6. Yeah for the two of you! Every year will bring new experiences so rest assured that you won’t get bored with vegan eating.

    For example, this year I’m trying to reduce analogs and discover what lingers on the bottom shelves of the grocery aisles (lots of interesting vegan stuff down there by your feet).

    You’ll decide what your next frontiers are. They’ll all be fun!

    Glad I took the time to visit your blog since we typically only see each on Twitter (@dreadlocks)

  7. Happy anniversary! I’m into my third month now, where does the time go?

  8. Congrats on your veganniversary!

  9. rawwealth.blogspot.com says:

    Awesome site here. I enjoyed the reading. I will come back and visit!
    Alma

  10. a very sincere congratulations. i love how your blog is so honest and documents what it is like making the switch to veganism. well done!

  11. Hi Dot,
    Happy Anniversary to you too (tomorrow). Earthlings probably cemented our conviction to remain vegan forever. And yes, the first few weeks/months everything seems deliberate. But in a very short time, being vegan becomes your natural m/o.

    Hi Sparrow,
    I’m not sure if it’s the grocery store, or our intolerance for shopping. Plus we’re only buying food for 2 and most of our weekly food comes from our farmers market anyway. So that certainly cuts down on the length of time we need to spend at the store.

    Hi Tempyra,
    Thanks. It’s been a relatively easy accomplishment.

    Hi Kate,
    Thanks. Ideally, others can learn from our experiences and know that it’s not such a struggle… and they, in turn, will try the vegan path for themselves.

    Hi Gary,
    You’re correct, it’s not about heroics. As far as we’re concerned it is the ethically correct answer. However, people have to get to that place on their own (we can encourage them, but if they don’t embrace it themselves…) What we hope to convey is that there may be a few hurdles, but it’s a relatively easy change to make.

    Hi Natasha,
    Thanks for stopping by. Re the analogs, we’ve been spending a lot of time with quinoa and chickpeas lately… and loving them.
    Make sure to tweet about what you find at your feet. I’ve noticed that’s where they tend to keep the bags of dried beans for very little money!

    Hi Kate,
    Congratulations on your 3 months. I think the 3 month period was when we really started to get comfortable. There were still issues, but we had easy fall-backs, and had started to get comfortable in restaurants.

    Hi Elaine,
    Thank you.

    Hi Alma & QuarryGirl,
    Thank you very much for the kind words.

  12. re: analogs

    I made some millet chili last night and almost laughed when I looked at the end product because it looked like a bunch of ground beef in my chili. It doesn’t taste like beef (it tastes *much* better, thankyouverymuch) and the nutrient profile is totally different (not sure how much protein is in millet without looking it up), but it was just amusing to see what it looked like. The millet took on the colors of the spices (mostly brown) and has that crumbly look like the very tiny crumbles of food-service beef.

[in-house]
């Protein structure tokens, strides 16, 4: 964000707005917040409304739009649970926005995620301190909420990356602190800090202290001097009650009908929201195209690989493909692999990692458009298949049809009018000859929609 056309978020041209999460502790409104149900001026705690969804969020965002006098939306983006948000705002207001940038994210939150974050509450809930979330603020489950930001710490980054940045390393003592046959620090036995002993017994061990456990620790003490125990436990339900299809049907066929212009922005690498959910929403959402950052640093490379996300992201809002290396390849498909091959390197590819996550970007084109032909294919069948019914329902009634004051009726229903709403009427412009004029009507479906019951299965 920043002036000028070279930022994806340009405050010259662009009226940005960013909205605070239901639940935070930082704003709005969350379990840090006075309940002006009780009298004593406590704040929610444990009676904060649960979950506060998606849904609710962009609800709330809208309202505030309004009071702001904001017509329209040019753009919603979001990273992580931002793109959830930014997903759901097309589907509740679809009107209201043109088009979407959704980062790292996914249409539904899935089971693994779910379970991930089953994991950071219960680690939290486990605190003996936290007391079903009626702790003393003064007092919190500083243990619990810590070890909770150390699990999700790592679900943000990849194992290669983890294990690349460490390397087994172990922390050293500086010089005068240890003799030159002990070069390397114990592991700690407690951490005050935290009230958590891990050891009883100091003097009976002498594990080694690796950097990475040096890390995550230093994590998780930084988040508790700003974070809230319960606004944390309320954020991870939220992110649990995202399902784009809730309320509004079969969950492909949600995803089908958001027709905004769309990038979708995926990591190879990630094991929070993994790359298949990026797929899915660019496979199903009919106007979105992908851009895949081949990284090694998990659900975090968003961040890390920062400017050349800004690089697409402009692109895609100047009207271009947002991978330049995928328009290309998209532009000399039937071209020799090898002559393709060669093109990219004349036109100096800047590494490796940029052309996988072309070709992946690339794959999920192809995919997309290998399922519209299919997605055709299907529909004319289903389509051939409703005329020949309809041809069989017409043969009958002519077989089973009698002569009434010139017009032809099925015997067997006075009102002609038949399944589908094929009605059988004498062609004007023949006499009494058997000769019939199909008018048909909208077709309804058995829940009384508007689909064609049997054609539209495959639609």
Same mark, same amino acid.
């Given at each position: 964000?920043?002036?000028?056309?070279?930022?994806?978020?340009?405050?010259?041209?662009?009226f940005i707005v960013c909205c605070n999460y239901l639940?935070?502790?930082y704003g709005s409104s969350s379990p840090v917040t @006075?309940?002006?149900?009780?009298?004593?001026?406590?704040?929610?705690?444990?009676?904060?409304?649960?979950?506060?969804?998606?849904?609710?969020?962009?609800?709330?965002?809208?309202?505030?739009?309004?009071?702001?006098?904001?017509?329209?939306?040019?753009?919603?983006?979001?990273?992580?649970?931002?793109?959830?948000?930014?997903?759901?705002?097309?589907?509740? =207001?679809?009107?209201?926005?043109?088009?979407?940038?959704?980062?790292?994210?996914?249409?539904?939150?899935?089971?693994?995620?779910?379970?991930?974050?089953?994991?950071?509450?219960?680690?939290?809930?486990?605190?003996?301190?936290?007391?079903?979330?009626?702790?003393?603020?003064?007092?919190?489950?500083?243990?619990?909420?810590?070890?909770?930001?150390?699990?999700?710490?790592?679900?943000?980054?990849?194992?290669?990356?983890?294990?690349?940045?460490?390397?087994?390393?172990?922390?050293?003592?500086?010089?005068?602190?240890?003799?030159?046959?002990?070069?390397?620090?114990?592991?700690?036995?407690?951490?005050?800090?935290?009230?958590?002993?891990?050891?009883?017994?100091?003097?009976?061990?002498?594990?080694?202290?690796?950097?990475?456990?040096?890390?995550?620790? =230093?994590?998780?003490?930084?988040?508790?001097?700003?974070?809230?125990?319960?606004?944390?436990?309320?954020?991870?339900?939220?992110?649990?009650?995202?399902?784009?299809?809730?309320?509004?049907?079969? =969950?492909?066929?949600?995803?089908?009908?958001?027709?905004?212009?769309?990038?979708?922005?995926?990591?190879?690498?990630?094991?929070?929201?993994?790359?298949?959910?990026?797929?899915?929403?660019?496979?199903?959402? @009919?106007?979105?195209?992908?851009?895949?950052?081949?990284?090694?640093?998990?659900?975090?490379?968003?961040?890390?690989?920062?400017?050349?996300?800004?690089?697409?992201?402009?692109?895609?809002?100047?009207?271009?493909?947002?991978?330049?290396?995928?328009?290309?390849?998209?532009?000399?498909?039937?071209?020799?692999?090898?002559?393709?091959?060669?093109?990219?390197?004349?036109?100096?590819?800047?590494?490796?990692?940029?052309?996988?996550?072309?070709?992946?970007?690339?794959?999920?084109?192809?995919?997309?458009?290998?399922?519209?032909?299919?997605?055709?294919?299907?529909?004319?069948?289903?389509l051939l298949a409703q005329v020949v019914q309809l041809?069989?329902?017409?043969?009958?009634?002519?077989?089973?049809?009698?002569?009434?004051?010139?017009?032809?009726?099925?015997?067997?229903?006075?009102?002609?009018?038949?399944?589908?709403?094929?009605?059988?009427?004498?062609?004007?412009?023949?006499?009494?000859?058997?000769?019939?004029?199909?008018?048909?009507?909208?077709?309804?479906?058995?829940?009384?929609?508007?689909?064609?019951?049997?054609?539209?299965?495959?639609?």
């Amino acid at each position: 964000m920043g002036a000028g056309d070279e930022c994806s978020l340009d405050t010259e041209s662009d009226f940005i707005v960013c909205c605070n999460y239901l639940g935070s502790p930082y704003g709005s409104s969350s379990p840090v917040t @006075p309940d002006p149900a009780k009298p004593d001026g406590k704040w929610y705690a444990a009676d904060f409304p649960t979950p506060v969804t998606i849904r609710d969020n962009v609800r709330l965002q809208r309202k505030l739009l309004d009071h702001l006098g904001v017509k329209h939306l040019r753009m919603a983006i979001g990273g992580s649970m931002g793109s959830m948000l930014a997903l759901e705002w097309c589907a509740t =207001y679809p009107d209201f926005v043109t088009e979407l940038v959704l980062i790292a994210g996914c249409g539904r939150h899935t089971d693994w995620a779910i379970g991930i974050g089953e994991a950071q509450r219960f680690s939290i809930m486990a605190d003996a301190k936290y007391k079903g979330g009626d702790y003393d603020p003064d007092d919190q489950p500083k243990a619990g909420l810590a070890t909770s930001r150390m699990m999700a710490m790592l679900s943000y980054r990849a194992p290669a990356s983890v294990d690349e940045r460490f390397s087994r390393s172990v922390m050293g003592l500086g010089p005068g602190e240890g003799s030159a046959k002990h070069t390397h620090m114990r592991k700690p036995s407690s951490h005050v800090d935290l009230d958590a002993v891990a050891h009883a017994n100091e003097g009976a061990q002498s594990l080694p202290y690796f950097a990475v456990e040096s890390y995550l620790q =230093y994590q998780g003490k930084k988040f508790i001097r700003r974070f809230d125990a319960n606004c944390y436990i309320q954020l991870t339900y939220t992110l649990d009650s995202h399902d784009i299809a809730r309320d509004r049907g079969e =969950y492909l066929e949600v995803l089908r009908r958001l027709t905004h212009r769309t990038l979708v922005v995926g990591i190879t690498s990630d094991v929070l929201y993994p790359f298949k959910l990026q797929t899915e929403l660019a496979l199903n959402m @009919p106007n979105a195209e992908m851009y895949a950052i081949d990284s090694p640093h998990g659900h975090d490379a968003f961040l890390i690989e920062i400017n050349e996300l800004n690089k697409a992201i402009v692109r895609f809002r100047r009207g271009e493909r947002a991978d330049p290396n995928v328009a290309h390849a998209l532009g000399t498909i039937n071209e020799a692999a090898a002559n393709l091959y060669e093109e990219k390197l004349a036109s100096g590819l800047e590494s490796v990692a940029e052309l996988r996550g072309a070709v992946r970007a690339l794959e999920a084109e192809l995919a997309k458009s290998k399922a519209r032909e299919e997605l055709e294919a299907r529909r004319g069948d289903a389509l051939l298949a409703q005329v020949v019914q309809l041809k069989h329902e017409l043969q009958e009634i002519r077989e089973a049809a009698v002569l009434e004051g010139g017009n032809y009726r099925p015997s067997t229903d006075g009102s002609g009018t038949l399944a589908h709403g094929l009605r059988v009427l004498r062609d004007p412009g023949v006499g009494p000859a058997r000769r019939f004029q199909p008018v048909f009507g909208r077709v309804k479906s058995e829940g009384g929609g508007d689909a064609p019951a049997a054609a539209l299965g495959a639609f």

I wonder if I put a bowl of this on the table in front of someone if they’d look at it and think it was beef chili.

    re: shopping

    I’m only shopping for two of us as well. It occurs to me that I don’t go weekly, though. More like monthly. So that probably explains the time thing. (I sometimes bicycle over for more produce but usually get it at the co-op and the farmer’s market between full grocery trips. It’s an eight-mile round trip so I usually only cycle over for produce when I can’t find anything good on my side of town.)

    When I go to the grocery, I’m getting stuff out of pretty much every bulk bin – black eyed peas, chickpeas, millet, quinoa, black beans, pinto beans, etc. etc. etc. – and often pounds of each. The cart is really hard to push by the time I’m done. Just the weight of the cart is probably slowing me down. LOL

  13. Congratulations on what sounds like a great year! I enjoy your blog and seeing Jane in the DB forums. Thanks for posting!

  14. Hi Sparrow,
    The millet chili sounds interesting. Before we were vegan Jane used to make our chili with ground turkey. No one could ever tell. I think the spices make the meat indistinguishable.
    We’ve used TVP since going vegan to give us the texture of meat, but haven’t tried it on omni’s to test their reaction. But mostly, Jane makes a multi-bean chili… and we love the way it tastes.

    Hi Jennifer,
    Thanks. Yes, it’s been a good year for us. We both feel like we accomplished something worthwhile. (Jane says hi too.)

  15. Did you guys like the TVP? I’ve never liked it . . though I admit that the last time I cooked with TVP was back in the late 1980s and it may have changed a lot since then. I thought it tasted kind of like cat food (or at least what I remembered cat food tasting like from when I was a pre-schooler and tried eating it.)

  16. Hi Sparrow,
    Actually, yes, we do like the TVP, but the only time we’ve ever eaten it is smothered in tomato based sauces. I don’t know if you prepare them all the same way, but the kind we’ve bought you have to soak in boiling water for awhile, until it’s absorbed. Jane’s tried it plain and says you wouldn’t want to eat it like that.

  17. I gained quite a bit of weight when I was a vegan for a couple of years. I ate very healthy too, no chips or sncaky things. I think it was all of those carbs. So back to vegatarianism for me. Eggs, yogurt and lowfat cheese are back for now. I have lost all of the weight except for 7 pounds.

  18. Hi Autumn,
    Wow, you’re the first person we’ve heard say that. Although I’m sure you’re not the only one. For us, our meals tend to be lower in fat and calories than they were before we went vegan. We attribute that to the weight loss.
    Congrats on the weight loss.

  19. Autumn — Jane wanted me to mention that she notices when we eat a lot of pasta the scale creeps back up a bit.